Chekhov’s Gun

A principle of fiction that says every element has to matter to the overall plot, and if something doesn’t further the plot, it should be removed.

The principle is often stated as:

If a gun appears in Act One, it better go off in Act Three.

The original reference was by the Russian playwright Anton Chekhov, who wrote in a letter to a friend:

One must never place a loaded rifle on the stage if it isn’t going to go off. It’s wrong to make promises you don’t mean to keep.

This is sometimes handled clumsily – a storyteller might crudely inject some element just so they can circle back to it, thus giving away part of the plot. In these cases, we note some element early in a story and think to ourselves, “I just know we’re going to see that again later.”

Chekhov’s Gun has also been paraphrased by Roger Ebert as his “Ebert’s Law of Economy of Characters”:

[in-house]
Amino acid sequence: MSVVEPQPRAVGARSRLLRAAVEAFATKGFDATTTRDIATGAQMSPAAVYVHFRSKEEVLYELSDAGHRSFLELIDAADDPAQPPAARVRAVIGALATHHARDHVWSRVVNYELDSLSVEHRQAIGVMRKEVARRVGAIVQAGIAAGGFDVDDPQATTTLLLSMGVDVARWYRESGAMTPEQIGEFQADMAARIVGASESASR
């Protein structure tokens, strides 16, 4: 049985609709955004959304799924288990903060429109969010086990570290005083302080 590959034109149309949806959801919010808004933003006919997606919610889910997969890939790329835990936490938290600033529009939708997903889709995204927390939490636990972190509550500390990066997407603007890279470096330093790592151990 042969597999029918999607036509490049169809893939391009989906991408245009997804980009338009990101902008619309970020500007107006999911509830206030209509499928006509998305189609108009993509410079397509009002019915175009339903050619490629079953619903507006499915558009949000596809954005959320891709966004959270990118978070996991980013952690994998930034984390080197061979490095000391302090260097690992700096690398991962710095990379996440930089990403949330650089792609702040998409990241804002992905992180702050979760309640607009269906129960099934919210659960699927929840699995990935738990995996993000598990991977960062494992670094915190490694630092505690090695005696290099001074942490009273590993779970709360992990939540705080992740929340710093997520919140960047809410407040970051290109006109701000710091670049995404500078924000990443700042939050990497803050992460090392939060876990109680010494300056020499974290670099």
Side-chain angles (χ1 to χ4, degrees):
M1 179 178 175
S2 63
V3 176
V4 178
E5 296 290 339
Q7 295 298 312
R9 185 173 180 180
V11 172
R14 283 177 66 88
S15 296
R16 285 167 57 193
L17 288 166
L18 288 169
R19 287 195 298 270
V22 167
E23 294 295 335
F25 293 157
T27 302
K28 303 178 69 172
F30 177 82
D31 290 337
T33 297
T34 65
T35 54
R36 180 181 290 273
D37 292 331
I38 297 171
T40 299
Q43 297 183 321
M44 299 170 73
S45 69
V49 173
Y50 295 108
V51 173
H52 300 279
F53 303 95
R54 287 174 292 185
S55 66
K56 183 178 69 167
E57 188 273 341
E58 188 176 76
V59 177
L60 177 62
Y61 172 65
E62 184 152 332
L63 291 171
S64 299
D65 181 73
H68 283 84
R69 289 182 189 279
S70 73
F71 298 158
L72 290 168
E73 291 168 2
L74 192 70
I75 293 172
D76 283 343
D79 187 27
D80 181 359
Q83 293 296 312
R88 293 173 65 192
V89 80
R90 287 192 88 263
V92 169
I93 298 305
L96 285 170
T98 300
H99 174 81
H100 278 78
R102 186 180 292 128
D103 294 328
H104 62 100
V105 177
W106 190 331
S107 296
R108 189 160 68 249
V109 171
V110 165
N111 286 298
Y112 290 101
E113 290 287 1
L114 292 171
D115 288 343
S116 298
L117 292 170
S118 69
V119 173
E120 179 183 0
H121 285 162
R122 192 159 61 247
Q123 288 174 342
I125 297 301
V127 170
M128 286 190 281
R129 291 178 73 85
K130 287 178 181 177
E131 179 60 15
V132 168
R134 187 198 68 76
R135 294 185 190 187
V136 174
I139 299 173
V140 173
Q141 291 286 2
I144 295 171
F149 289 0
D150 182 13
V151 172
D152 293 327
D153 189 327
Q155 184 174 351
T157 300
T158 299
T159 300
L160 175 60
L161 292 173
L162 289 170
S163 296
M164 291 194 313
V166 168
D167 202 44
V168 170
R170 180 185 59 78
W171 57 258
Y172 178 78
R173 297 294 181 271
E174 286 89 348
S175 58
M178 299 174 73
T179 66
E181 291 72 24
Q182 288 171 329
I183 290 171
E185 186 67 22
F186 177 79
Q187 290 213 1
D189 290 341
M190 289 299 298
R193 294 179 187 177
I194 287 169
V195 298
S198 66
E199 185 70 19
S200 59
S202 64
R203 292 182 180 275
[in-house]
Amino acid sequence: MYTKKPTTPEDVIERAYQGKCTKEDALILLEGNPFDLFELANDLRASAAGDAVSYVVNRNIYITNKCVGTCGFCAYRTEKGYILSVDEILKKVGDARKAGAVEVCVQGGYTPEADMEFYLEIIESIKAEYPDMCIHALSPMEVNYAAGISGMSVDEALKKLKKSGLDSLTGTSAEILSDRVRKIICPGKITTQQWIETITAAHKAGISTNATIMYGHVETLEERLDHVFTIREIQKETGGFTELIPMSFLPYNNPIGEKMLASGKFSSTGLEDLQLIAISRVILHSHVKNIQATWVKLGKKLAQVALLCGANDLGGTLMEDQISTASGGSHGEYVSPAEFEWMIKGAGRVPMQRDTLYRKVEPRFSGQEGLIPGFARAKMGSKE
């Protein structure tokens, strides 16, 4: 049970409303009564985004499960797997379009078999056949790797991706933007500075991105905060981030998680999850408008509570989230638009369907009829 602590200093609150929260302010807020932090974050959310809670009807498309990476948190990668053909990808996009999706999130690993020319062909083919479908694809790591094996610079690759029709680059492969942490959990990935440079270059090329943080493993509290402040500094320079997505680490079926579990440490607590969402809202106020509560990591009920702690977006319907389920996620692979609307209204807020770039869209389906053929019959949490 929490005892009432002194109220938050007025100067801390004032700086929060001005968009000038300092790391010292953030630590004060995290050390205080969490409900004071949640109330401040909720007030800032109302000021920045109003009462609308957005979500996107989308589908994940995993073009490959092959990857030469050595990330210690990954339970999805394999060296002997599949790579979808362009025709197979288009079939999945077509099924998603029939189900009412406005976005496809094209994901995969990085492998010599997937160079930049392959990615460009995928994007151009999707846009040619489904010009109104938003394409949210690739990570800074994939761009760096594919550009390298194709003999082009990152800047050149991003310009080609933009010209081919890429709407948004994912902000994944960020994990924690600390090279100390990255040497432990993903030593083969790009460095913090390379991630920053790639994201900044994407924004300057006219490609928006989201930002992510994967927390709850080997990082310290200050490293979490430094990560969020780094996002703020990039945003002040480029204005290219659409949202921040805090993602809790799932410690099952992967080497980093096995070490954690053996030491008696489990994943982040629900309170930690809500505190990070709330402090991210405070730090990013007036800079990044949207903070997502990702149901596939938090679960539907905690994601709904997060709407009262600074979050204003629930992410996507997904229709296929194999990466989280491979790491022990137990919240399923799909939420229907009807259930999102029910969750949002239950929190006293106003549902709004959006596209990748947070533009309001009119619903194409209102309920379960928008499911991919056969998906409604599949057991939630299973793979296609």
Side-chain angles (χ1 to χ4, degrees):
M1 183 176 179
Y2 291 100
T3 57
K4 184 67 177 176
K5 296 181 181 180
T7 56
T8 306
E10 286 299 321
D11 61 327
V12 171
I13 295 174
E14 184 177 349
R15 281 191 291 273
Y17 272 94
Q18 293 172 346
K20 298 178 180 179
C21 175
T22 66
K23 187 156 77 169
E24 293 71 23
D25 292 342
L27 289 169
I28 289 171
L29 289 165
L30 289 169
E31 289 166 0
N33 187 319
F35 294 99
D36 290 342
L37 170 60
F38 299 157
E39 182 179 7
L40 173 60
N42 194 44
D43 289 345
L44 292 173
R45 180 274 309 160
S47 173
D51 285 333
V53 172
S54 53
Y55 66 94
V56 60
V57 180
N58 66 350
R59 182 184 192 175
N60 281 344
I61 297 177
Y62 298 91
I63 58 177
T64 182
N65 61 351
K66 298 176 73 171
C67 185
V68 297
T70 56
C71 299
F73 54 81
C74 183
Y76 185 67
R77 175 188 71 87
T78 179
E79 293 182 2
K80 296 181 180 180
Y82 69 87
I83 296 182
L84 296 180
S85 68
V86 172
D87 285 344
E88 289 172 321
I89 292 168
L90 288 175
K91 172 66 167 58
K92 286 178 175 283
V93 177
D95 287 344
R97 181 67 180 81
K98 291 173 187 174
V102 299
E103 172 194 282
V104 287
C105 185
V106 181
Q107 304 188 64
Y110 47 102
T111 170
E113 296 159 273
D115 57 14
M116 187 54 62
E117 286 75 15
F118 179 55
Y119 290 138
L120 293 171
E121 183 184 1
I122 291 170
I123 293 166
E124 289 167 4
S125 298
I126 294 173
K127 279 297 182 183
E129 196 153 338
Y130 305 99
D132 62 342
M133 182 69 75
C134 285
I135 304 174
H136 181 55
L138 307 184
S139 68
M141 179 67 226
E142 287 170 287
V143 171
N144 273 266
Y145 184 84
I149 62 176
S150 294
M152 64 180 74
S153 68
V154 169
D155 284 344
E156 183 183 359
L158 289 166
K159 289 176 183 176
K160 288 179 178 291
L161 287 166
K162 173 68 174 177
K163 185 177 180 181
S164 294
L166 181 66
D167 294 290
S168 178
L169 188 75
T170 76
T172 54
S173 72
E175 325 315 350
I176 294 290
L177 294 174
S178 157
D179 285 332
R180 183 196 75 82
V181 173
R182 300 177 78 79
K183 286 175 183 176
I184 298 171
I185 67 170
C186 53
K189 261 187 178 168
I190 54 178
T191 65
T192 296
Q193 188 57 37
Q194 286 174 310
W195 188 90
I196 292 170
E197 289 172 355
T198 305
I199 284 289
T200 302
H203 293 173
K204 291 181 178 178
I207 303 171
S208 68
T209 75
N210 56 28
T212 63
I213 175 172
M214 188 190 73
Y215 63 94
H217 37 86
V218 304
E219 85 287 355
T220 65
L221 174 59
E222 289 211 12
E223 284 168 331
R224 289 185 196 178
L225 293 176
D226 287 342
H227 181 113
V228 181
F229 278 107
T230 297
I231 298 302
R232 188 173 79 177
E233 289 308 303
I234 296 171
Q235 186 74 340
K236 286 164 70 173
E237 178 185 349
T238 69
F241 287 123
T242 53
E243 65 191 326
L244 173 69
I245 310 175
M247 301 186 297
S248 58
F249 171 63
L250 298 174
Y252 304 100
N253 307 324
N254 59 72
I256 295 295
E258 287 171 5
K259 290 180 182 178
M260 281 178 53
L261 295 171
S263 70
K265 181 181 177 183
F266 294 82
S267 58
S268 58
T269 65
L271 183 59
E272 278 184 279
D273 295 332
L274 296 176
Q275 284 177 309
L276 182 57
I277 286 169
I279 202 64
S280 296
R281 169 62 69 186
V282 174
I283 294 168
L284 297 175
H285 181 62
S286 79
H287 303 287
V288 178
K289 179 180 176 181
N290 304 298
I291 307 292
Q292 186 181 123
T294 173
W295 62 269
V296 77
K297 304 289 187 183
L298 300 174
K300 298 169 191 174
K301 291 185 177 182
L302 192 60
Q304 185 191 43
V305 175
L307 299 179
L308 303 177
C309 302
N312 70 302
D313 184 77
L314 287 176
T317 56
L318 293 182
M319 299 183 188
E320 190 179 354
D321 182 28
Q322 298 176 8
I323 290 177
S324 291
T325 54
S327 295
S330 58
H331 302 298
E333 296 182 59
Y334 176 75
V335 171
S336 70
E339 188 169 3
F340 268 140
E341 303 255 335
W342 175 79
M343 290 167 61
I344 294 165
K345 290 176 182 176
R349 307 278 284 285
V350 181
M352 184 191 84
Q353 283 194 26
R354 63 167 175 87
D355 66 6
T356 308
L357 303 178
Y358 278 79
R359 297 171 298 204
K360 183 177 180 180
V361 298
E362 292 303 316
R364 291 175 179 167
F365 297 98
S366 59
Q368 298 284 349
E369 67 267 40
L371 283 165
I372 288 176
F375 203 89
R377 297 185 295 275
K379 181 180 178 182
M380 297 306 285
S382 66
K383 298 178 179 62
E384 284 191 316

Movie budgets make it impossible for any film to contain unnecessary characters. Therefore, all characters in a movie are necessary to the story – even those who do not seem to be. Sophisticated viewers can use this Law to deduce the identity of a person being kept secret by the movie’s plot: This “mystery” person is always the only character in the movie who seems otherwise extraneous.

Why I Looked It Up

In November 2021, Taylor Swift released a 10-minute version of her signature song All Too Well. The song supposedly tells the story of her brief love affair with actor Jake Gyllenhaal.

In the first verse:

And I left my scarf there at your sister’s house
And you’ve still got it in your drawer even now

Then, at the end:

But you keep my old scarf from that very first week
‘Cause it reminds you of innocence and it smells like me

Music critic Brad Nelson said this:

A kind of Chekhov’s Scarf that Swift sheds in the first verse reappears in the final verse

The reference rung a faint bell with me, so I went looking.

I also remember a not-very-good movie called Obsessed. Early in the film, a married couple is exploring a new house. They’re up in the attic when the wife almost steps on unsupported drywall before the husband stops her and prevents her from falling through it. It was so out of place and random that I thought, “Well, I know how the villain is gonna die at the end.” I was not wrong.

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